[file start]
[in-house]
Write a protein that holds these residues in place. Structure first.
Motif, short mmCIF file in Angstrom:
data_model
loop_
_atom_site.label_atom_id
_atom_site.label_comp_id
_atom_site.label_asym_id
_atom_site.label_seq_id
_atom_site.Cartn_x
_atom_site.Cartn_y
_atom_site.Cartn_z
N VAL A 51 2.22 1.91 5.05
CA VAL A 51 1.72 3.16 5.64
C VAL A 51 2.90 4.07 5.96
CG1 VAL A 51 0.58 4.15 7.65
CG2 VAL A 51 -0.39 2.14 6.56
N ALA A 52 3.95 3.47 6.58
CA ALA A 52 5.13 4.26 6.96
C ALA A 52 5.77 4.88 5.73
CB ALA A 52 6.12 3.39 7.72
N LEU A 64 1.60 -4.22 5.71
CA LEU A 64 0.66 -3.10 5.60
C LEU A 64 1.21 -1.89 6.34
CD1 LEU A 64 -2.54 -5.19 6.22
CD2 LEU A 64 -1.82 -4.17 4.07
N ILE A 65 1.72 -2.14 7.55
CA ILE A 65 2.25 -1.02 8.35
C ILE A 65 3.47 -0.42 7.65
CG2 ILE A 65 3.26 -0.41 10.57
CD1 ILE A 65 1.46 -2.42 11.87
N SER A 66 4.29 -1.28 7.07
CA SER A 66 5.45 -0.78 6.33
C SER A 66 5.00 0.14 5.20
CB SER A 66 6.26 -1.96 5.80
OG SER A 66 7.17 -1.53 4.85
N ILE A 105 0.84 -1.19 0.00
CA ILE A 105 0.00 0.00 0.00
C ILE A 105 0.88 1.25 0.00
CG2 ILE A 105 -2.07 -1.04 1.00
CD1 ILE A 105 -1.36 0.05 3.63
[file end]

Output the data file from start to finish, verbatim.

[in-house]
Write a protein that holds these residues in place. Structure first.
Motif, short mmCIF file in Angstrom:
data_model
loop_
_atom_site.label_atom_id
_atom_site.label_comp_id
_atom_site.label_asym_id
_atom_site.label_seq_id
_atom_site.Cartn_x
_atom_site.Cartn_y
_atom_site.Cartn_z
N VAL A 51 2.22 1.91 5.05
CA VAL A 51 1.72 3.16 5.64
C VAL A 51 2.90 4.07 5.96
CG1 VAL A 51 0.58 4.15 7.65
CG2 VAL A 51 -0.39 2.14 6.56
N ALA A 52 3.95 3.47 6.58
CA ALA A 52 5.13 4.26 6.96
C ALA A 52 5.77 4.88 5.73
CB ALA A 52 6.12 3.39 7.72
N LEU A 64 1.60 -4.22 5.71
CA LEU A 64 0.66 -3.10 5.60
C LEU A 64 1.21 -1.89 6.34
CD1 LEU A 64 -2.54 -5.19 6.22
CD2 LEU A 64 -1.82 -4.17 4.07
N ILE A 65 1.72 -2.14 7.55
CA ILE A 65 2.25 -1.02 8.35
C ILE A 65 3.47 -0.42 7.65
CG2 ILE A 65 3.26 -0.41 10.57
CD1 ILE A 65 1.46 -2.42 11.87
N SER A 66 4.29 -1.28 7.07
CA SER A 66 5.45 -0.78 6.33
C SER A 66 5.00 0.14 5.20
CB SER A 66 6.26 -1.96 5.80
OG SER A 66 7.17 -1.53 4.85
N ILE A 105 0.84 -1.19 0.00
CA ILE A 105 0.00 0.00 0.00
C ILE A 105 0.88 1.25 0.00
CG2 ILE A 105 -2.07 -1.04 1.00
CD1 ILE A 105 -1.36 0.05 3.63